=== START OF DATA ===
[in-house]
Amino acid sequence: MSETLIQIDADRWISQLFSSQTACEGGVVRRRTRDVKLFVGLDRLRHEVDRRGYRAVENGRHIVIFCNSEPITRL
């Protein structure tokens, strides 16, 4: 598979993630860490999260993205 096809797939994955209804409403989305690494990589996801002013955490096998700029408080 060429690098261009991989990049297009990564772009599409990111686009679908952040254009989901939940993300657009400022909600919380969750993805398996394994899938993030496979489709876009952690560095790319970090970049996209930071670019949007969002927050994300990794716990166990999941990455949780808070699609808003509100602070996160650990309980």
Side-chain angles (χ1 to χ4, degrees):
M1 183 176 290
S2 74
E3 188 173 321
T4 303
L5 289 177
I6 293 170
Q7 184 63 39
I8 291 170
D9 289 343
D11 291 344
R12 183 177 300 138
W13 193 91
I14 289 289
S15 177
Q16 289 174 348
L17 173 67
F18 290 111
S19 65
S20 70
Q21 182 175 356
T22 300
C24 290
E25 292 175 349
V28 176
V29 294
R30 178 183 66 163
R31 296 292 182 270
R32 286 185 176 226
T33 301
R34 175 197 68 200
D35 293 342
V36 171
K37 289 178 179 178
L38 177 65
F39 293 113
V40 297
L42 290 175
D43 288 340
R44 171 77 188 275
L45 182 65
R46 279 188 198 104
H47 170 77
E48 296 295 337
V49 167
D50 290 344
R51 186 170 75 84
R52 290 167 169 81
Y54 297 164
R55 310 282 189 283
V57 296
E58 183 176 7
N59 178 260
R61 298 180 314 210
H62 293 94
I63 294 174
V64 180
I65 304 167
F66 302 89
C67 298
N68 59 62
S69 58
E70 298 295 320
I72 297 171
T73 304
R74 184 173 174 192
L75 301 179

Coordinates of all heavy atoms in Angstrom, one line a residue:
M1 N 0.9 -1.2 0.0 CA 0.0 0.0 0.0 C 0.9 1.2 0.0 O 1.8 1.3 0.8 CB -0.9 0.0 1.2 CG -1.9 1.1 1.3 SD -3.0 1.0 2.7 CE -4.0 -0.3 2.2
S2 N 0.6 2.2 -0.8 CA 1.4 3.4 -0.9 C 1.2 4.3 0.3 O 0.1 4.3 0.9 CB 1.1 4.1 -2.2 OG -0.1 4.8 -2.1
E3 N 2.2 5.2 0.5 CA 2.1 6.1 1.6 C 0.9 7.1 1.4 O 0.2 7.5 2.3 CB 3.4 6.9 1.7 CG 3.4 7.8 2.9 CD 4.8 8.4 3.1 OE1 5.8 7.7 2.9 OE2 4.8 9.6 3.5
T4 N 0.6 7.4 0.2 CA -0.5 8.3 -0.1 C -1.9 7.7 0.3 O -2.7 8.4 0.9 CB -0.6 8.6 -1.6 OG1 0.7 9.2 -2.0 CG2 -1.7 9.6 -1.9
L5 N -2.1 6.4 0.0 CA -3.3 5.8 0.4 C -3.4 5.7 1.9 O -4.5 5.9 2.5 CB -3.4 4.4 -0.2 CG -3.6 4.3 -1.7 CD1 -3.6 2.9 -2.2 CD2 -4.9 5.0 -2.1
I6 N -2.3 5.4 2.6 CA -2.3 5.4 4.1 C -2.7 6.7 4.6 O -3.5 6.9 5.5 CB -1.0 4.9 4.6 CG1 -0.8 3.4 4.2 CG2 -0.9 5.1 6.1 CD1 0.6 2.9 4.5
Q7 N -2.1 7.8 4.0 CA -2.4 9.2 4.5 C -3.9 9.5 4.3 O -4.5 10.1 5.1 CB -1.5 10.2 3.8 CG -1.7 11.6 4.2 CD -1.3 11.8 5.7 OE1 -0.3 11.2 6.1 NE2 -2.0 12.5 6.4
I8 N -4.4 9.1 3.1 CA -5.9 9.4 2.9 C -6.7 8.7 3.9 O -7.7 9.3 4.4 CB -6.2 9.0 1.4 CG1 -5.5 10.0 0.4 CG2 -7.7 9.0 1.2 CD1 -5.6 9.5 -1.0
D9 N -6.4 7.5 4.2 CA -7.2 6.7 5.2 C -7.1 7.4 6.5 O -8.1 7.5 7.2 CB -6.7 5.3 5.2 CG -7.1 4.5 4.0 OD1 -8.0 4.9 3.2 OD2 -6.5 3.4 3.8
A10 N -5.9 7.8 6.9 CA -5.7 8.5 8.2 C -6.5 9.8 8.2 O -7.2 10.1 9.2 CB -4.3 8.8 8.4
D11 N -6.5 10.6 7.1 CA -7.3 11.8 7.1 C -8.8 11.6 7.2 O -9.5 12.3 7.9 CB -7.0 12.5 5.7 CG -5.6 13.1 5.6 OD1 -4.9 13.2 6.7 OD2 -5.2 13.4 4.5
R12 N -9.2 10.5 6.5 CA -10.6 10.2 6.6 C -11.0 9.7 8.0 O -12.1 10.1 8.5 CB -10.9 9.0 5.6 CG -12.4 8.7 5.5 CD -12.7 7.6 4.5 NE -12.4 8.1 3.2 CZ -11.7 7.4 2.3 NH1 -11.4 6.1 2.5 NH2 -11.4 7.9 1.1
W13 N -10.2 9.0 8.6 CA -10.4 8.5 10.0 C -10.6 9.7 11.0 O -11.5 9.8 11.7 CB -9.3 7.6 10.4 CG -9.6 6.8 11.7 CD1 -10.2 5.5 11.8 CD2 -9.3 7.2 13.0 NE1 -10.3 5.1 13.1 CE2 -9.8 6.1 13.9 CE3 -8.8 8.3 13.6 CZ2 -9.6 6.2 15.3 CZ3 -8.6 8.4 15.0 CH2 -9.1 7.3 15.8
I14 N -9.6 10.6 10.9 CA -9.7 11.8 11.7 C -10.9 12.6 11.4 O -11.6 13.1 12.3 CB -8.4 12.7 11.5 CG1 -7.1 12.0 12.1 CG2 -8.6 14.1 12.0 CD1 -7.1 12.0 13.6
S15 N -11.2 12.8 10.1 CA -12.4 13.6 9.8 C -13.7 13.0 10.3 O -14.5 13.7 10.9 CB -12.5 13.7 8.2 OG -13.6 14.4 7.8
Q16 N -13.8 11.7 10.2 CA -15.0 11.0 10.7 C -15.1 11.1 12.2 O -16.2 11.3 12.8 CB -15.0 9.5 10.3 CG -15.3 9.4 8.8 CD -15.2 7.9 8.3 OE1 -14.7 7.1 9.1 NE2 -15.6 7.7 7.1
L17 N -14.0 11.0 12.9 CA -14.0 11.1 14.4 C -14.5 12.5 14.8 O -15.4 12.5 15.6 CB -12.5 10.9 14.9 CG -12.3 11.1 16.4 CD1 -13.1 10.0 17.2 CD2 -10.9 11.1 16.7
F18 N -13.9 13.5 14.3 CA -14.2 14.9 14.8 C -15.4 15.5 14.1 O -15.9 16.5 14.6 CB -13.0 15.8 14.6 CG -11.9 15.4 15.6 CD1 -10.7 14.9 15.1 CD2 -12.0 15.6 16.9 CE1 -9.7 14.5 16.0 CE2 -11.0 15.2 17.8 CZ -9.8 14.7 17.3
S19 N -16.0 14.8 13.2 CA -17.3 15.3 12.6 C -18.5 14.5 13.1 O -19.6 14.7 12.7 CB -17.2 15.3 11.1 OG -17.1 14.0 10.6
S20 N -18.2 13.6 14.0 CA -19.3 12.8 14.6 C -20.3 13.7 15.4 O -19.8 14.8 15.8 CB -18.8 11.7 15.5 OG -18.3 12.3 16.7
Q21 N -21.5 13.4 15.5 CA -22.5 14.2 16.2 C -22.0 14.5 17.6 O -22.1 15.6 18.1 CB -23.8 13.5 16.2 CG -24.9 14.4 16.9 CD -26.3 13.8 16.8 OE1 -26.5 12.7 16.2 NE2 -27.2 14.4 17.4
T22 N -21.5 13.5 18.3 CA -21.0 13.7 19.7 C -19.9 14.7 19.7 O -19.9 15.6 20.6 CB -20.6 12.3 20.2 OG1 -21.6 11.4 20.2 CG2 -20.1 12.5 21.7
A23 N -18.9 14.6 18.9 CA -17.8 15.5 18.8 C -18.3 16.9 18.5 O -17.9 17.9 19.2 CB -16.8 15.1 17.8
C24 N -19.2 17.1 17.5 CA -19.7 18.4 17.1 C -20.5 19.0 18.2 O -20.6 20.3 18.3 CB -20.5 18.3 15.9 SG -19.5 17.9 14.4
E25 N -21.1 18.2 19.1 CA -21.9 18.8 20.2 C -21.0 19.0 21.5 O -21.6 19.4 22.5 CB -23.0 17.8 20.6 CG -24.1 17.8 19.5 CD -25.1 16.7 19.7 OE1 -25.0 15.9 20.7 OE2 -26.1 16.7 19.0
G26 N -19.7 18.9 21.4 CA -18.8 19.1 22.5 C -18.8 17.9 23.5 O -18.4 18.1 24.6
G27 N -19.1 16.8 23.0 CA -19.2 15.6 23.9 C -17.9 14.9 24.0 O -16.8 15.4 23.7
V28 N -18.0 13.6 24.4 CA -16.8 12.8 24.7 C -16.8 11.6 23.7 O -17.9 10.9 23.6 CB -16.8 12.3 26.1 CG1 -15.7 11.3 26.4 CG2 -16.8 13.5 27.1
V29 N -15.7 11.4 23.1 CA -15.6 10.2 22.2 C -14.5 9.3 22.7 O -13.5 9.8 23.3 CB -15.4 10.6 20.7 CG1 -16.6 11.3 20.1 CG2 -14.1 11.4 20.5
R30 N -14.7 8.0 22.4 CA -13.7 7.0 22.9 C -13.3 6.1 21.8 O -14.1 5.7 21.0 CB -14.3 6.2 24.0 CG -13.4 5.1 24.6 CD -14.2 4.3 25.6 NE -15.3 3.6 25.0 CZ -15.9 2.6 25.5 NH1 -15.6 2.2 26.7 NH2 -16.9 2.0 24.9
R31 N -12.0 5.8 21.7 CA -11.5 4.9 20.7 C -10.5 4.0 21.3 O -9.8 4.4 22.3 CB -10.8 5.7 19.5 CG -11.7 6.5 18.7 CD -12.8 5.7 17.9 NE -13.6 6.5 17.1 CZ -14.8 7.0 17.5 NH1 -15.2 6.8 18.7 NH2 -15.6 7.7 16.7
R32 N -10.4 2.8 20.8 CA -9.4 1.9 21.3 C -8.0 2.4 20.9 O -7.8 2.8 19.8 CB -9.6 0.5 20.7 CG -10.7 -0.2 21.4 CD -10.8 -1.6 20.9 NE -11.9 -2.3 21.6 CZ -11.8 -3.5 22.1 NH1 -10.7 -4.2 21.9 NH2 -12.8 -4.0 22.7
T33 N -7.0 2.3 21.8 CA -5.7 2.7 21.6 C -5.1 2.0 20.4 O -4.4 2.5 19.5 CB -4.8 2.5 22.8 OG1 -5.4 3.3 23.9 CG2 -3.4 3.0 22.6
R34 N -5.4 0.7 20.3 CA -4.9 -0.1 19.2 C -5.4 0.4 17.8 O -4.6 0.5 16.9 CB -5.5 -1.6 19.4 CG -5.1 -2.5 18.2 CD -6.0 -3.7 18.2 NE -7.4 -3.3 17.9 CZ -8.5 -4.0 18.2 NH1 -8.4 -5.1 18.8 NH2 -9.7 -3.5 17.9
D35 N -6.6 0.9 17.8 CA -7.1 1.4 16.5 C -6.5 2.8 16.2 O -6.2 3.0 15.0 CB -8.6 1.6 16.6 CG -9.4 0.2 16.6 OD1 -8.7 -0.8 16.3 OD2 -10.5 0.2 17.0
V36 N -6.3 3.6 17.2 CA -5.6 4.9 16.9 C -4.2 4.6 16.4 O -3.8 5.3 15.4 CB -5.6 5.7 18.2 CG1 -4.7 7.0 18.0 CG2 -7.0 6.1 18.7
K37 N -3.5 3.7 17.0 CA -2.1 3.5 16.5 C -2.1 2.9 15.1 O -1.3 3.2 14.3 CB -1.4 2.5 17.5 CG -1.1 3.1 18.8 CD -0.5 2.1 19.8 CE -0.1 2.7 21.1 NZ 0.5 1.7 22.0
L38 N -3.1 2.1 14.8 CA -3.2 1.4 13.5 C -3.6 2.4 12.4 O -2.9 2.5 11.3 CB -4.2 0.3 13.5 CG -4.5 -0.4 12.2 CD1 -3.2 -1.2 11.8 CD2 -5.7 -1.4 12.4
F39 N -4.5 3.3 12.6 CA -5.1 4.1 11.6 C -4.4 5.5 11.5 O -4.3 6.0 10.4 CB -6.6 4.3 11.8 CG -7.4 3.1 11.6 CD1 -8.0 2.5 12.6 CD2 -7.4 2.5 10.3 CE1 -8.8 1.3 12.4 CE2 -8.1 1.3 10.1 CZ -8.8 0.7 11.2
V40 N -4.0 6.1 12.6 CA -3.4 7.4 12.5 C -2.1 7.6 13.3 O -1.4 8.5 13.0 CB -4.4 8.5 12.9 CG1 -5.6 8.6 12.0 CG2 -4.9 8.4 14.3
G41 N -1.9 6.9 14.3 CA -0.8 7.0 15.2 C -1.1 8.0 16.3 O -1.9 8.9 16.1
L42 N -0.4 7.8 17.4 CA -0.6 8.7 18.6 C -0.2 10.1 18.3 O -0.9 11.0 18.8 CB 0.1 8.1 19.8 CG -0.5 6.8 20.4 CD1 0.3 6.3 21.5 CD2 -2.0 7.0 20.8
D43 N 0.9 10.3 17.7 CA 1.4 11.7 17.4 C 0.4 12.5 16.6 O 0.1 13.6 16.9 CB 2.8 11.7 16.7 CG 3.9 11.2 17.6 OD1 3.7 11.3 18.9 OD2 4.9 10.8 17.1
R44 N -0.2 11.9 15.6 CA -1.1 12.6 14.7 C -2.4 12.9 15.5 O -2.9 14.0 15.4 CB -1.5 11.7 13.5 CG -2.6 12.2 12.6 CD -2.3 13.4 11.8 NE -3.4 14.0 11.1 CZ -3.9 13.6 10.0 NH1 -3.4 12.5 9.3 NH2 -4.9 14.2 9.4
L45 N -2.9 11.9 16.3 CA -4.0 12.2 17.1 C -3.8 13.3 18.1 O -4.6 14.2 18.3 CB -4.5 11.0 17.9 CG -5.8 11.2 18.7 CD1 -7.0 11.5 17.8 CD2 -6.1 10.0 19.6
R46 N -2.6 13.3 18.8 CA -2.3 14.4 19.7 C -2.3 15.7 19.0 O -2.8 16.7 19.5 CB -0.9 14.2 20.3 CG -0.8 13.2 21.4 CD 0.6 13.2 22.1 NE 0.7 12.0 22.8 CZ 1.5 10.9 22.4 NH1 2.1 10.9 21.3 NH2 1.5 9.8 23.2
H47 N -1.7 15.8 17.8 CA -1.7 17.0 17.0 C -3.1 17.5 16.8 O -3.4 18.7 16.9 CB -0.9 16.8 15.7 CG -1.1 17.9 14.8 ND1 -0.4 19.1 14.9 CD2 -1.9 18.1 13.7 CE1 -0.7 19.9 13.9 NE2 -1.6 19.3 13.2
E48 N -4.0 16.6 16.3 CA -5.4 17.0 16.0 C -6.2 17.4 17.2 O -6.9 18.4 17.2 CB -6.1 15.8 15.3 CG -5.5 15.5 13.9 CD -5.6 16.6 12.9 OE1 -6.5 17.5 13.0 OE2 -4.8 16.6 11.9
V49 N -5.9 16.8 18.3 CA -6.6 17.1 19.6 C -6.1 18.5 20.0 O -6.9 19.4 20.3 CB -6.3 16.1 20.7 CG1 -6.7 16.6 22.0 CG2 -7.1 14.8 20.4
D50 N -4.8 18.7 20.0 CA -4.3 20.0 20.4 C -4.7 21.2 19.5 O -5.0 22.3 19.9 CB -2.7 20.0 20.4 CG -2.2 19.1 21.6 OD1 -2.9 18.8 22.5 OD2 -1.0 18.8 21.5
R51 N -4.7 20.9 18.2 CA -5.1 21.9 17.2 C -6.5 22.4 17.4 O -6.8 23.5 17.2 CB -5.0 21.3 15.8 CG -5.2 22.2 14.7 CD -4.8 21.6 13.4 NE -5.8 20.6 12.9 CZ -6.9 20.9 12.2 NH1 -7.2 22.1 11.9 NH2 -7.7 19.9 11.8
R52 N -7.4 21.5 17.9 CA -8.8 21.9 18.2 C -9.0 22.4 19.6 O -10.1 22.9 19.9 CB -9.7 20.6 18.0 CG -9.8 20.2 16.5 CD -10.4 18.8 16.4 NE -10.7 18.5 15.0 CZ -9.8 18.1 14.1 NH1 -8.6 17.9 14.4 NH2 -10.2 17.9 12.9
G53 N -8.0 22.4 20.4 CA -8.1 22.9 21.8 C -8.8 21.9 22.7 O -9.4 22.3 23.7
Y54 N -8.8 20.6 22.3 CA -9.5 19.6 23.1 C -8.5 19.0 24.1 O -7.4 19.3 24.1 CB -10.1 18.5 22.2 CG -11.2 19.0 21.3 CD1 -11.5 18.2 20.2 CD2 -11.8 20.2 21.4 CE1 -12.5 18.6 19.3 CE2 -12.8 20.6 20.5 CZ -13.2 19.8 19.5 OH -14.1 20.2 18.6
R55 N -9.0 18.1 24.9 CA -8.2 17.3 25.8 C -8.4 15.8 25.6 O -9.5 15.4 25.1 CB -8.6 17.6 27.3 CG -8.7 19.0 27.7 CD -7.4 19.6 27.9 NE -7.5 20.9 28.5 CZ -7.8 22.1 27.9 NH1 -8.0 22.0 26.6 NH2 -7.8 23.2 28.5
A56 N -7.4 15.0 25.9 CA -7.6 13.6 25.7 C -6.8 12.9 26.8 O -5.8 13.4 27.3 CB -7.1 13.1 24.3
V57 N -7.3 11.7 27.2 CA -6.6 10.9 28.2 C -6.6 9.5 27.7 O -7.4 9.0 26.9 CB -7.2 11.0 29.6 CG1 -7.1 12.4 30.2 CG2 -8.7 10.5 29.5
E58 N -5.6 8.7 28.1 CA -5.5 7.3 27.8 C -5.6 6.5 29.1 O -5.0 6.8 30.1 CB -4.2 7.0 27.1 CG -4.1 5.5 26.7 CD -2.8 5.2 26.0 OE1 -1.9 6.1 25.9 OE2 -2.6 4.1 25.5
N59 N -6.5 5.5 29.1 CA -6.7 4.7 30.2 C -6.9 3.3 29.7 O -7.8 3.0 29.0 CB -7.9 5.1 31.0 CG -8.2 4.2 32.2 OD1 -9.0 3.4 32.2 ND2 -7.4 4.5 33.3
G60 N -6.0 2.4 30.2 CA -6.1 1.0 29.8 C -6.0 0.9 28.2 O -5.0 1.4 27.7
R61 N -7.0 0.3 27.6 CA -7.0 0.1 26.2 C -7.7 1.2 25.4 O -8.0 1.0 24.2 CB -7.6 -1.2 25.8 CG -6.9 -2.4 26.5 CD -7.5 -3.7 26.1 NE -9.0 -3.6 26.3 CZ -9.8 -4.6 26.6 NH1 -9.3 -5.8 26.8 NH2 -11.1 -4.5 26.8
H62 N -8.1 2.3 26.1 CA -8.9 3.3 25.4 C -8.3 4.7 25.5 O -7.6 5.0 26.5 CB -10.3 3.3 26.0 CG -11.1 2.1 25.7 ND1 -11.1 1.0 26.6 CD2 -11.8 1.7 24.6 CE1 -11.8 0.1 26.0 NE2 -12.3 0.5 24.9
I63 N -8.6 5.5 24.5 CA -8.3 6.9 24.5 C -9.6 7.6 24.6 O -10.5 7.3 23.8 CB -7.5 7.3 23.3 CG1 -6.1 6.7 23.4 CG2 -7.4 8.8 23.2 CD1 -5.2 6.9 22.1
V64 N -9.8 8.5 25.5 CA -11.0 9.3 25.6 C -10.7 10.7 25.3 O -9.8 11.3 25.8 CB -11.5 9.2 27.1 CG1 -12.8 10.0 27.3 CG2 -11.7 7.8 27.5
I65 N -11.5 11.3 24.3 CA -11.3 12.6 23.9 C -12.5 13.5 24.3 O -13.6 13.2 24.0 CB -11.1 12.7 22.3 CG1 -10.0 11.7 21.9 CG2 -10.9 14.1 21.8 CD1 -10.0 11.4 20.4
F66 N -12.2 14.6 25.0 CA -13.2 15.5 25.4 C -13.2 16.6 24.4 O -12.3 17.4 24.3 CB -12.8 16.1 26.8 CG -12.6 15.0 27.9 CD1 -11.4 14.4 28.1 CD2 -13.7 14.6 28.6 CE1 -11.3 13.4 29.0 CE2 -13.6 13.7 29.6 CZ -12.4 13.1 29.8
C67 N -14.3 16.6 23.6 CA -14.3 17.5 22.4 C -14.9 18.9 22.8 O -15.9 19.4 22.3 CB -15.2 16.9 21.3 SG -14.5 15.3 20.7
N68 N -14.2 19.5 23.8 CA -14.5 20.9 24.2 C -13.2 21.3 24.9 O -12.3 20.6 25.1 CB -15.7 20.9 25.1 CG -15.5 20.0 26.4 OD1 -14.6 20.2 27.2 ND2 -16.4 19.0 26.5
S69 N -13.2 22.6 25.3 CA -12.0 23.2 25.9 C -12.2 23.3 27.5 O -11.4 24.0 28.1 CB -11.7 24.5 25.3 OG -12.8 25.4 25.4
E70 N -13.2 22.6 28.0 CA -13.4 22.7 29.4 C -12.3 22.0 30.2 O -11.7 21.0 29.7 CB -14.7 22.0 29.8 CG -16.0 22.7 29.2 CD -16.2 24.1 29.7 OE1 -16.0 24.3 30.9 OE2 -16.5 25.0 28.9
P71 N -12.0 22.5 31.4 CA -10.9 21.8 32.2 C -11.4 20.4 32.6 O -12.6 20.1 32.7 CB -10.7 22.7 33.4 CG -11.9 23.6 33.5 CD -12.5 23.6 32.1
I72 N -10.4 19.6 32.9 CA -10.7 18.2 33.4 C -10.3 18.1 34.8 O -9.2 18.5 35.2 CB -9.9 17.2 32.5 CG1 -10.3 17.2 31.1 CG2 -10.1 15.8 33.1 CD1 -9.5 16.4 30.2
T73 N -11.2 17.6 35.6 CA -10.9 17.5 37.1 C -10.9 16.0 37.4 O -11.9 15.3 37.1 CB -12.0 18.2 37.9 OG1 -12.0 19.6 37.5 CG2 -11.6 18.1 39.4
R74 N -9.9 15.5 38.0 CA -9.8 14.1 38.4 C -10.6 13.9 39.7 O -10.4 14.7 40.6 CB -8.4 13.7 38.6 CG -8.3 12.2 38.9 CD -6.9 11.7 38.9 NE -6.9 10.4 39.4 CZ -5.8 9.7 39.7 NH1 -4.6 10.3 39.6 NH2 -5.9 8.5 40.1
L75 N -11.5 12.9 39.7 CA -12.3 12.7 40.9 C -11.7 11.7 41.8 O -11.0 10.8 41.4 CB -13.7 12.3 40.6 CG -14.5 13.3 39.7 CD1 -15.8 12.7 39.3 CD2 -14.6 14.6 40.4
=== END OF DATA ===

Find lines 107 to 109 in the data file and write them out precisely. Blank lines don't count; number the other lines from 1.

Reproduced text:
V36 N -6.3 3.6 17.2 CA -5.6 4.9 16.9 C -4.2 4.6 16.4 O -3.8 5.3 15.4 CB -5.6 5.7 18.2 CG1 -4.7 7.0 18.0 CG2 -7.0 6.1 18.7
K37 N -3.5 3.7 17.0 CA -2.1 3.5 16.5 C -2.1 2.9 15.1 O -1.3 3.2 14.3 CB -1.4 2.5 17.5 CG -1.1 3.1 18.8 CD -0.5 2.1 19.8 CE -0.1 2.7 21.1 NZ 0.5 1.7 22.0
L38 N -3.1 2.1 14.8 CA -3.2 1.4 13.5 C -3.6 2.4 12.4 O -2.9 2.5 11.3 CB -4.2 0.3 13.5 CG -4.5 -0.4 12.2 CD1 -3.2 -1.2 11.8 CD2 -5.7 -1.4 12.4